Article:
"Today, we utter no prayer more fervently than the ancient prayer for peace on earth." -Ronald Reagan, Second Inaugural Address, 1985
The following prayer and meditation is from the book "No Atheists In Foxholes" by Chaplain Patrick McLaughlin, CDR, USN
"God of all history, we have studied history, and there has never been lasting peace. The history of the Bible is littered with battles and death, with the conquerors and the vanquished. Those believing in the myth of redemptive violence killed even your own Son, Jesus Christ! Will we ever know peace? Is the ancient prayer for peace among people possible? We know all things are possible for you, O God, but is it possible for humanity? Can we be saved from ourselves? We do not know the answer to these questions, so we have no other choice; we must pray... Amen"
"By the regulations of the Geneva Convention and the long tradition of clerics on the battlefield, military chaplains are non-combatants. I operate within the institutions of the US Navy and the US Marine corps, whose members are trained to kill the enemy. But something pulls rank over the military. I am subject first to the teachings and practices of the holy gospel. In many instances these two sets of guidelines run headlong into each other. As an ordained Christian pastor, I am called on by Christ to "Love your enemies, do good to those who hate you, bless them who curse you..." During predeployment training, everyone is given a small card with the rules of engagement guide printed on it. Across the top of the card in bold print appears, "Nothing on this card prevents you from using deadly force to defend yourself."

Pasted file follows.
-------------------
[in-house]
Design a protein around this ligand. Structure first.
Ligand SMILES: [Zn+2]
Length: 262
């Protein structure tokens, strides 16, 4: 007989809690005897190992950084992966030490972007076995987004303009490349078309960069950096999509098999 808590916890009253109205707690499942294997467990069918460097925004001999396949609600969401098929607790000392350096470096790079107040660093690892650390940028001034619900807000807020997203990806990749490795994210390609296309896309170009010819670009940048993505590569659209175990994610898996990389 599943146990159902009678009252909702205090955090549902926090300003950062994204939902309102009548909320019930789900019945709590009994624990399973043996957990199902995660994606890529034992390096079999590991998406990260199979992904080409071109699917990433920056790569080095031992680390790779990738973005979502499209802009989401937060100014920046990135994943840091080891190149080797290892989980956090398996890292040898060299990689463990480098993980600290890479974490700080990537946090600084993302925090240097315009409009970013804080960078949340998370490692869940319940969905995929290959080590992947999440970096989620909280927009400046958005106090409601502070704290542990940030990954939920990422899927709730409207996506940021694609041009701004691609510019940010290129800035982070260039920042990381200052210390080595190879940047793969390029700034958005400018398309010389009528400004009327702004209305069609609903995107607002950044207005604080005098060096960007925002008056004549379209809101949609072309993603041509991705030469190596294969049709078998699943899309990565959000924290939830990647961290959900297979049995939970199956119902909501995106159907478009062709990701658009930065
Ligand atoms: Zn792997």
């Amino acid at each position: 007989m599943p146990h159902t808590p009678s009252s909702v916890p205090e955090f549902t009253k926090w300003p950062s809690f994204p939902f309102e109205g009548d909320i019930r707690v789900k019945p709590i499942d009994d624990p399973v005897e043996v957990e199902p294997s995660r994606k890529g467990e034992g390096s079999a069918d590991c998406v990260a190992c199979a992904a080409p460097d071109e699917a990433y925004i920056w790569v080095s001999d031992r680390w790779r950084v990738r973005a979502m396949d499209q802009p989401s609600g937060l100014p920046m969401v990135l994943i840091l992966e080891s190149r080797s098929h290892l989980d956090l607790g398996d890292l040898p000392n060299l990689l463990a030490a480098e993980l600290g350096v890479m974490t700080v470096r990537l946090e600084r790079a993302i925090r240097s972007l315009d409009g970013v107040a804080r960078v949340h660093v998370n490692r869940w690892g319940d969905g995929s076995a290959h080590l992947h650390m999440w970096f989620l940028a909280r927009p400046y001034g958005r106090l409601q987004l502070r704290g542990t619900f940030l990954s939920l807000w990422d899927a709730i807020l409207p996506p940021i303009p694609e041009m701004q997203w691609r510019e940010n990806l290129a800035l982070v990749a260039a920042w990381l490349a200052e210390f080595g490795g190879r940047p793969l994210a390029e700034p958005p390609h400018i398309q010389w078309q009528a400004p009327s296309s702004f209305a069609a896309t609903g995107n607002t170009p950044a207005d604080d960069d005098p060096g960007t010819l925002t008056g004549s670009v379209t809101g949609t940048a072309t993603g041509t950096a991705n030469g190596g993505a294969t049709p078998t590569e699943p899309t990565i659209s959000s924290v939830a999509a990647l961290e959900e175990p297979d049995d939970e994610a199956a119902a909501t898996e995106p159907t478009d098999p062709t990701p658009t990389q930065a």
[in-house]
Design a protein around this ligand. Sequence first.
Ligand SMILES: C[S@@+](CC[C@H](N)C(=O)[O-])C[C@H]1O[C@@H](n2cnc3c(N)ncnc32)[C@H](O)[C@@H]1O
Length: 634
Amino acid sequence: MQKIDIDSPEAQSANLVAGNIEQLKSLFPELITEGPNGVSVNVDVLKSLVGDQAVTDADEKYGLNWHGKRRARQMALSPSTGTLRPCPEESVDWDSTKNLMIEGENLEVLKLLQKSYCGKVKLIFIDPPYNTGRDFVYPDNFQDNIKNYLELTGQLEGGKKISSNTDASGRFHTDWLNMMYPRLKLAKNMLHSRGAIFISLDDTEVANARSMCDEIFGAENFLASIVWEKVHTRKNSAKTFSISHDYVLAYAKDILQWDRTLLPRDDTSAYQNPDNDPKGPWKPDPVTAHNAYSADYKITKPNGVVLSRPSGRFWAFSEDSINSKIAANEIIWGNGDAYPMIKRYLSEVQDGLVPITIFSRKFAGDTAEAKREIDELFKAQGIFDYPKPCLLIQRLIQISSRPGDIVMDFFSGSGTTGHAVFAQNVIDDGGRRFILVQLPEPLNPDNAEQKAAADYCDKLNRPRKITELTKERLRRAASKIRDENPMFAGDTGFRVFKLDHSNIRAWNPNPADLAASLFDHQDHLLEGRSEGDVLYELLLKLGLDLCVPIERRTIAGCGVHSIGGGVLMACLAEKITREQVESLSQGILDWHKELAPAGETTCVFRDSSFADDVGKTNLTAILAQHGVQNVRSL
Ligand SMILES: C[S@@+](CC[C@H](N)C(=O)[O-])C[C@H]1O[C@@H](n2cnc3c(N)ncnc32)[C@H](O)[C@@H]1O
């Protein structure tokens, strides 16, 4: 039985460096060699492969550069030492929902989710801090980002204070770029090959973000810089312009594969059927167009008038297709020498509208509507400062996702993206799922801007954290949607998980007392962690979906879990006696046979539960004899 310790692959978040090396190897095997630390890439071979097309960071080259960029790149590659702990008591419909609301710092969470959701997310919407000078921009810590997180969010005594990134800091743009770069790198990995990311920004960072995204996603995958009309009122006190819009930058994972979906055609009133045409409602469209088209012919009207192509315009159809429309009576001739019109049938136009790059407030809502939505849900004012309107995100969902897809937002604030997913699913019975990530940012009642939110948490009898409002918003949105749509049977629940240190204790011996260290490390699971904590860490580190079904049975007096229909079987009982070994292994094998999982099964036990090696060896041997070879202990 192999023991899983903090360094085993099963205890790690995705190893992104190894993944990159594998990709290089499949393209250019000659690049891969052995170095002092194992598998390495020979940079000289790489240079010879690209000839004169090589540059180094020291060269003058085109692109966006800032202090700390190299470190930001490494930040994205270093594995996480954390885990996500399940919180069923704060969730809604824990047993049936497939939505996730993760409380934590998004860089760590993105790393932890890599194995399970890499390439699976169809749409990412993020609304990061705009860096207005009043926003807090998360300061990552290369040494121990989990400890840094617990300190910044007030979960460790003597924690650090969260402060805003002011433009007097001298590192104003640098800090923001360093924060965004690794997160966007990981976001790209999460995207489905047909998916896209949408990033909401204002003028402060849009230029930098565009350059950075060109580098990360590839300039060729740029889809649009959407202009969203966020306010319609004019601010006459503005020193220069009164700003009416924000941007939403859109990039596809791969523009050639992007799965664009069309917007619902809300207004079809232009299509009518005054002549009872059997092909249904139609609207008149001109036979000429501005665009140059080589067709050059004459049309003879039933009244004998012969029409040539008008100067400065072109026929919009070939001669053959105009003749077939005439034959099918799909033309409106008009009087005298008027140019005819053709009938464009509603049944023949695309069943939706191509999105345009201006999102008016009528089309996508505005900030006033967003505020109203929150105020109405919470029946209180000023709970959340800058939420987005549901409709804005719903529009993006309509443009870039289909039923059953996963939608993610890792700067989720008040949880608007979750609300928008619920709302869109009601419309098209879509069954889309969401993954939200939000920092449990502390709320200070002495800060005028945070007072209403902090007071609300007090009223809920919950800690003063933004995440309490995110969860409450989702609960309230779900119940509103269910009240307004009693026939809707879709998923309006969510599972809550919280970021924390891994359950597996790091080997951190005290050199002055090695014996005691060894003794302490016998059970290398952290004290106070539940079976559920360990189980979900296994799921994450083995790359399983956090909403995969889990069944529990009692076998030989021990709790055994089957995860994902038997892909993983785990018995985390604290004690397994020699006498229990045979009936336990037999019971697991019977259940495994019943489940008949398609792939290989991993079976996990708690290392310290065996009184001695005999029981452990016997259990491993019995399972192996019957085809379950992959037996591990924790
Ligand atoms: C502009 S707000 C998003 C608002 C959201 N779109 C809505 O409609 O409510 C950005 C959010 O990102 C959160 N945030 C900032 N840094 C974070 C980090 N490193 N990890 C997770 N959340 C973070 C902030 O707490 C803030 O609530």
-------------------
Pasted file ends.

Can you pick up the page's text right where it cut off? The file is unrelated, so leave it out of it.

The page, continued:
"It's not just in battle that I am confronted with this dilemma. While stationed as chaplain at Camp David under President Bush, I am asked to pray for a solution to what appears to be an impending war. There is a sinking feeling that the solution will not come peacefully. Before long we are at war, and I stand at the front of a congregation that includes the president, my commander in chief, who has made the decision to send our troops and nation to war in Iraq. Never before have I faced this great a challenge in ministry. Two and a half years later, I am stationed with marines and sailors in Iraq. Now I will minister to combatants in a war zone.
"During times of peace and especially during times of war, I am called to be a messenger of peace and forgiveness. I am called to pray for those who would try to kill me and those around me. Chaplains are the only ones in military uniform who do not carry weapons. Even doctors are issued sidearms to protect themselves or their patients. Many people outside the military do not realize that the marines and sailors with whom I serve expect and demand that I fill the role of a non-combatant. My greatest challenge is to remain faithful to God when those with whom I serve are on a battlefield, and there are enemies around me who will try to kill me.
"I am a Christian chaplain. I am a non-combatant. If I do not stand for peace, forgiveness, and reconciliation in Iraq, who will?"
My son Benjamin and my daughter Alison